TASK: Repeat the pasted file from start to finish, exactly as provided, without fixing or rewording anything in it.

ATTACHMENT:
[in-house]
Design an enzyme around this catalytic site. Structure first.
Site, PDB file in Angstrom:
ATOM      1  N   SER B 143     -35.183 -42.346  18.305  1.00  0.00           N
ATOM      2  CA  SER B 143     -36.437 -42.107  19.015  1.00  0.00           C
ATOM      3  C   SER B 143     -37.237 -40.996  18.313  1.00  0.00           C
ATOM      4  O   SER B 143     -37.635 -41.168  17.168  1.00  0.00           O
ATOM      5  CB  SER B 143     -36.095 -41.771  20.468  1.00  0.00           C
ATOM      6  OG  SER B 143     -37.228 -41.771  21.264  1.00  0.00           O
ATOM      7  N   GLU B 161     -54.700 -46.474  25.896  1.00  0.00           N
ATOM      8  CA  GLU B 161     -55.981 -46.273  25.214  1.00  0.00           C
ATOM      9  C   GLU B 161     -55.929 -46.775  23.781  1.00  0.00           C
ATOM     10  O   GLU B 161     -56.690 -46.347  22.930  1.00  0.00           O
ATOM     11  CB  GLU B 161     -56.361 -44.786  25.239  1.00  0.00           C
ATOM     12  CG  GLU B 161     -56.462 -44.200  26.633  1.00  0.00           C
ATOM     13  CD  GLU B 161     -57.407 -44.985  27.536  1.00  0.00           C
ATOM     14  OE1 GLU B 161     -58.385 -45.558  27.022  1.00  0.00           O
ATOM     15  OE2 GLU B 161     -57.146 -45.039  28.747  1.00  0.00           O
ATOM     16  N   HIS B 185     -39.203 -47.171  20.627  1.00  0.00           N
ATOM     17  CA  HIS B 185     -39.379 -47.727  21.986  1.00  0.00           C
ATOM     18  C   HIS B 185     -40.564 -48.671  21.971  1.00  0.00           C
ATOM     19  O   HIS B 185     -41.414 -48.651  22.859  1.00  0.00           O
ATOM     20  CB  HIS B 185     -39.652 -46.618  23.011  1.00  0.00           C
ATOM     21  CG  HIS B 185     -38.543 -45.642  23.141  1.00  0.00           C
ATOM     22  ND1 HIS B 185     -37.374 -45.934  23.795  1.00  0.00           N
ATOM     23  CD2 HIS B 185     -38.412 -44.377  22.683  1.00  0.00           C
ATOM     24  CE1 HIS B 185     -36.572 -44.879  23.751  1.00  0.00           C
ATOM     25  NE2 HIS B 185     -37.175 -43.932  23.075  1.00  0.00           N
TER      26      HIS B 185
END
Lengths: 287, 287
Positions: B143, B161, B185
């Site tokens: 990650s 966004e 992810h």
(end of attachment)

[in-house]
Design an enzyme around this catalytic site. Structure first.
Site, PDB file in Angstrom:
ATOM      1  N   SER B 143     -35.183 -42.346  18.305  1.00  0.00           N
ATOM      2  CA  SER B 143     -36.437 -42.107  19.015  1.00  0.00           C
ATOM      3  C   SER B 143     -37.237 -40.996  18.313  1.00  0.00           C
ATOM      4  O   SER B 143     -37.635 -41.168  17.168  1.00  0.00           O
ATOM      5  CB  SER B 143     -36.095 -41.771  20.468  1.00  0.00           C
ATOM      6  OG  SER B 143     -37.228 -41.771  21.264  1.00  0.00           O
ATOM      7  N   GLU B 161     -54.700 -46.474  25.896  1.00  0.00           N
ATOM      8  CA  GLU B 161     -55.981 -46.273  25.214  1.00  0.00           C
ATOM      9  C   GLU B 161     -55.929 -46.775  23.781  1.00  0.00           C
ATOM     10  O   GLU B 161     -56.690 -46.347  22.930  1.00  0.00           O
ATOM     11  CB  GLU B 161     -56.361 -44.786  25.239  1.00  0.00           C
ATOM     12  CG  GLU B 161     -56.462 -44.200  26.633  1.00  0.00           C
ATOM     13  CD  GLU B 161     -57.407 -44.985  27.536  1.00  0.00           C
ATOM     14  OE1 GLU B 161     -58.385 -45.558  27.022  1.00  0.00           O
ATOM     15  OE2 GLU B 161     -57.146 -45.039  28.747  1.00  0.00           O
ATOM     16  N   HIS B 185     -39.203 -47.171  20.627  1.00  0.00           N
ATOM     17  CA  HIS B 185     -39.379 -47.727  21.986  1.00  0.00           C
ATOM     18  C   HIS B 185     -40.564 -48.671  21.971  1.00  0.00           C
ATOM     19  O   HIS B 185     -41.414 -48.651  22.859  1.00  0.00           O
ATOM     20  CB  HIS B 185     -39.652 -46.618  23.011  1.00  0.00           C
ATOM     21  CG  HIS B 185     -38.543 -45.642  23.141  1.00  0.00           C
ATOM     22  ND1 HIS B 185     -37.374 -45.934  23.795  1.00  0.00           N
ATOM     23  CD2 HIS B 185     -38.412 -44.377  22.683  1.00  0.00           C
ATOM     24  CE1 HIS B 185     -36.572 -44.879  23.751  1.00  0.00           C
ATOM     25  NE2 HIS B 185     -37.175 -43.932  23.075  1.00  0.00           N
TER      26      HIS B 185
END
Lengths: 287, 287
Positions: B143, B161, B185
């Site tokens: 990650s 966004e 992810h």